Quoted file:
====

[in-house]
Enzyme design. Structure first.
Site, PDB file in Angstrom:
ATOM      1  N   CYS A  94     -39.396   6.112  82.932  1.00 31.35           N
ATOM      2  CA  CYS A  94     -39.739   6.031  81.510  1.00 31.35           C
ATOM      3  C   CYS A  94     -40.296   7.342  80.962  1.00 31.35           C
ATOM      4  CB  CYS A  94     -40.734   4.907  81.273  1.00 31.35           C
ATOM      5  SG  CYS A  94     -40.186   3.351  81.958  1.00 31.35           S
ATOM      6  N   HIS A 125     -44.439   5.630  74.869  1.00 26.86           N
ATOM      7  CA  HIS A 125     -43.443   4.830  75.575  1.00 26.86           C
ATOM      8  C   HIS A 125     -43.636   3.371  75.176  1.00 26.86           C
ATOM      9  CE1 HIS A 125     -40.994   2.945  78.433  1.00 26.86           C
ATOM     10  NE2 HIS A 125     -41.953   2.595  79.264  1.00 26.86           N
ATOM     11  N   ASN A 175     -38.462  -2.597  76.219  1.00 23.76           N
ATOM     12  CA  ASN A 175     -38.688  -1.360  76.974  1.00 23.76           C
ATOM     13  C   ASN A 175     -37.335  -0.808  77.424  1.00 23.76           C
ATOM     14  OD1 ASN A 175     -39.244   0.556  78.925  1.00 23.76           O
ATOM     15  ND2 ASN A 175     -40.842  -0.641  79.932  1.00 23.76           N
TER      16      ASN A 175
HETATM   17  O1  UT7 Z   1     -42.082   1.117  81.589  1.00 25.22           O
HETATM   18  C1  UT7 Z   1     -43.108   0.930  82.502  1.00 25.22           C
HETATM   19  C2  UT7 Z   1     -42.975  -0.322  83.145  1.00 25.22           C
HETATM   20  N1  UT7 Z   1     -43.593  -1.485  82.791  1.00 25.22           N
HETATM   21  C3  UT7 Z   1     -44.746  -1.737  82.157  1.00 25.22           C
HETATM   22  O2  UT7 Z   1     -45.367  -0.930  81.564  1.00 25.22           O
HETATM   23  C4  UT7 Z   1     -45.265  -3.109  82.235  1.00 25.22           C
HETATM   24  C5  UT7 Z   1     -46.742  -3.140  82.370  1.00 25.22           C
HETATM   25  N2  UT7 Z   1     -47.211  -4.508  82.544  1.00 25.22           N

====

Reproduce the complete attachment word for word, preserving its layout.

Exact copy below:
[in-house]
Enzyme design. Structure first.
Site, PDB file in Angstrom:
ATOM      1  N   CYS A  94     -39.396   6.112  82.932  1.00 31.35           N
ATOM      2  CA  CYS A  94     -39.739   6.031  81.510  1.00 31.35           C
ATOM      3  C   CYS A  94     -40.296   7.342  80.962  1.00 31.35           C
ATOM      4  CB  CYS A  94     -40.734   4.907  81.273  1.00 31.35           C
ATOM      5  SG  CYS A  94     -40.186   3.351  81.958  1.00 31.35           S
ATOM      6  N   HIS A 125     -44.439   5.630  74.869  1.00 26.86           N
ATOM      7  CA  HIS A 125     -43.443   4.830  75.575  1.00 26.86           C
ATOM      8  C   HIS A 125     -43.636   3.371  75.176  1.00 26.86           C
ATOM      9  CE1 HIS A 125     -40.994   2.945  78.433  1.00 26.86           C
ATOM     10  NE2 HIS A 125     -41.953   2.595  79.264  1.00 26.86           N
ATOM     11  N   ASN A 175     -38.462  -2.597  76.219  1.00 23.76           N
ATOM     12  CA  ASN A 175     -38.688  -1.360  76.974  1.00 23.76           C
ATOM     13  C   ASN A 175     -37.335  -0.808  77.424  1.00 23.76           C
ATOM     14  OD1 ASN A 175     -39.244   0.556  78.925  1.00 23.76           O
ATOM     15  ND2 ASN A 175     -40.842  -0.641  79.932  1.00 23.76           N
TER      16      ASN A 175
HETATM   17  O1  UT7 Z   1     -42.082   1.117  81.589  1.00 25.22           O
HETATM   18  C1  UT7 Z   1     -43.108   0.930  82.502  1.00 25.22           C
HETATM   19  C2  UT7 Z   1     -42.975  -0.322  83.145  1.00 25.22           C
HETATM   20  N1  UT7 Z   1     -43.593  -1.485  82.791  1.00 25.22           N
HETATM   21  C3  UT7 Z   1     -44.746  -1.737  82.157  1.00 25.22           C
HETATM   22  O2  UT7 Z   1     -45.367  -0.930  81.564  1.00 25.22           O
HETATM   23  C4  UT7 Z   1     -45.265  -3.109  82.235  1.00 25.22           C
HETATM   24  C5  UT7 Z   1     -46.742  -3.140  82.370  1.00 25.22           C
HETATM   25  N2  UT7 Z   1     -47.211  -4.508  82.544  1.00 25.22           N